How to spot it: Tell the logline or premise of your project to a few friends (both industry members and non-industry TV fans), and ask them if they think it’s a comedy or a drama. Try not to sway their opinion either way. It may help to text or email the logline so that your delivery doesn’t affect their response. Do they think that your idea is inherently funny or inherently dramatic?


Typically, anything with a light or comedic vibe will work better in the half-hour format — meaning your script should be around 30 pages. Audiences typically expect drama episodes to be an hour.


How to fix it: If you’ve written an hourlong pilot but realize that the quirky characters, snappy dialogue and off-the-wall situations make it a comedy, try writing it as a 30-page episode. You may even be able to cut the fat and keep most of the plot of your original pilot.


If you want to try making your drama into an hourlong format, think about what conflicts you can introduce or deepen. Can you heighten the stakes? Can you make the characters and conflicts meatier? We would not recommend adding pages just to add pages — but can you set up a stronger drama series with more room?


“I loved it, but the inciting incident starts too late.”


This was one of the most common complaints from our readers — and, luckily, one of the easiest issues to fix!


How to spot it: Without looking at your pilot script, what action or scene sets the entire series into action? This is your inciting incident — the catalyst for your plot. Take a look at your script — does the inciting incident occur within the first 10 pages (or, ideally, within the first five)? If not, you’re probably making the reader wait too long for the story to begin.


Another way to spot this problem is if you have pages and pages of your protagonist’s “regular life” before the plot begins. Often, viewers don’t need much to hint at your main character’s “normal”; we certainly don’t need their entire morning routine.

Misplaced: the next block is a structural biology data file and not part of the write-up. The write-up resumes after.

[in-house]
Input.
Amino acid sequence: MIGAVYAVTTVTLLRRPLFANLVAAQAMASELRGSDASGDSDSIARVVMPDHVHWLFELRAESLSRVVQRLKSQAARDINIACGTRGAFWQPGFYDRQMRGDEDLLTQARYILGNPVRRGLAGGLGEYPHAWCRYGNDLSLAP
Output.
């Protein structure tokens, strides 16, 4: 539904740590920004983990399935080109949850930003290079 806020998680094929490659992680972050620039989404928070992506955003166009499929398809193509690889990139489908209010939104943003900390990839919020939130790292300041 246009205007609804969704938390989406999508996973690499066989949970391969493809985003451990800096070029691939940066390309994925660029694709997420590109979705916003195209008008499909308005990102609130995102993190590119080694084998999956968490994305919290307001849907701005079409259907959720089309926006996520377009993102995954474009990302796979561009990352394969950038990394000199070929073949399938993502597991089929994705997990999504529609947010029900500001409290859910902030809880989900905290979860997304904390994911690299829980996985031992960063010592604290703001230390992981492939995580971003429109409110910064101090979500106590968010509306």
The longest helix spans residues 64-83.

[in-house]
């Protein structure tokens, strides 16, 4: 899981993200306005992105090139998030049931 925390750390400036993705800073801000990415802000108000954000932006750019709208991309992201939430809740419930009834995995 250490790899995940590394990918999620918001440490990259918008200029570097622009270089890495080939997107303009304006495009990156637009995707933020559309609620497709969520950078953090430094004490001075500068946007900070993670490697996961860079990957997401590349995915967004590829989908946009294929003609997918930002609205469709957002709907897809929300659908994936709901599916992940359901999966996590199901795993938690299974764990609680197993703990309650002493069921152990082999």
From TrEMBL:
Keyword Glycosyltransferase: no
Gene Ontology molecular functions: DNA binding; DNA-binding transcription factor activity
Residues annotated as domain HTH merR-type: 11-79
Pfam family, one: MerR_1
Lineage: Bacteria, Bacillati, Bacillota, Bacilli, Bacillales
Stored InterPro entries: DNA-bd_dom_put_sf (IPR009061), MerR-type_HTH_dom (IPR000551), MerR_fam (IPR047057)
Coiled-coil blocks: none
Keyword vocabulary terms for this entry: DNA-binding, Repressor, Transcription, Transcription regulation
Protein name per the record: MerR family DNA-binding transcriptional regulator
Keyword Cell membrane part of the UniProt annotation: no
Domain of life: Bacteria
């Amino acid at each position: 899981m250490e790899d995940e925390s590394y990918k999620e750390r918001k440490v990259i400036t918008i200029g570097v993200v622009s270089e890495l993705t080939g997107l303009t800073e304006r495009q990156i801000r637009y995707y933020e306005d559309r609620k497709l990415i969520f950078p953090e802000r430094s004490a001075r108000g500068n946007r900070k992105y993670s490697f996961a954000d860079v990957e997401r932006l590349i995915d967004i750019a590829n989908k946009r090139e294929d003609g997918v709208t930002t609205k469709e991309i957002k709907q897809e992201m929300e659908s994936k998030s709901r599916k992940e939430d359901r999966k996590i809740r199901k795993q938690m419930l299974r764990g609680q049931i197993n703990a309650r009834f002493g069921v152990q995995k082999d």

How to fix it: Play around with different starting points for your pilot. What would happen if the inciting incident were in the very first scene, such as in “Schitt’s Creek,” when the Rose family’s fortune is seized by the government?


“I loved it, but it’s not formatted correctly.”


If your script isn’t formatted in line with industry standards, that means it’s not ready to be submitted to contests or sent to a potential agent or manager.


How to spot it: Start reading TV scripts, many of which are available online (just search the name of a TV series with “pilot script,” and often it’ll come right up in Google). Take note of how the sluglines, action lines, and dialogue are formatted. See how transitions are handled. Make sure you’re looking at a script for a current TV show, as standards have shifted over time.


How to fix it: Read a book like “The Screenwriter’s Bible” by David Trottier to make sure you have a handle on all of the rules. When you believe your script is ready, have a trusted friend (someone who’s an experienced film or TV writer!) read it over with a focus on formatting.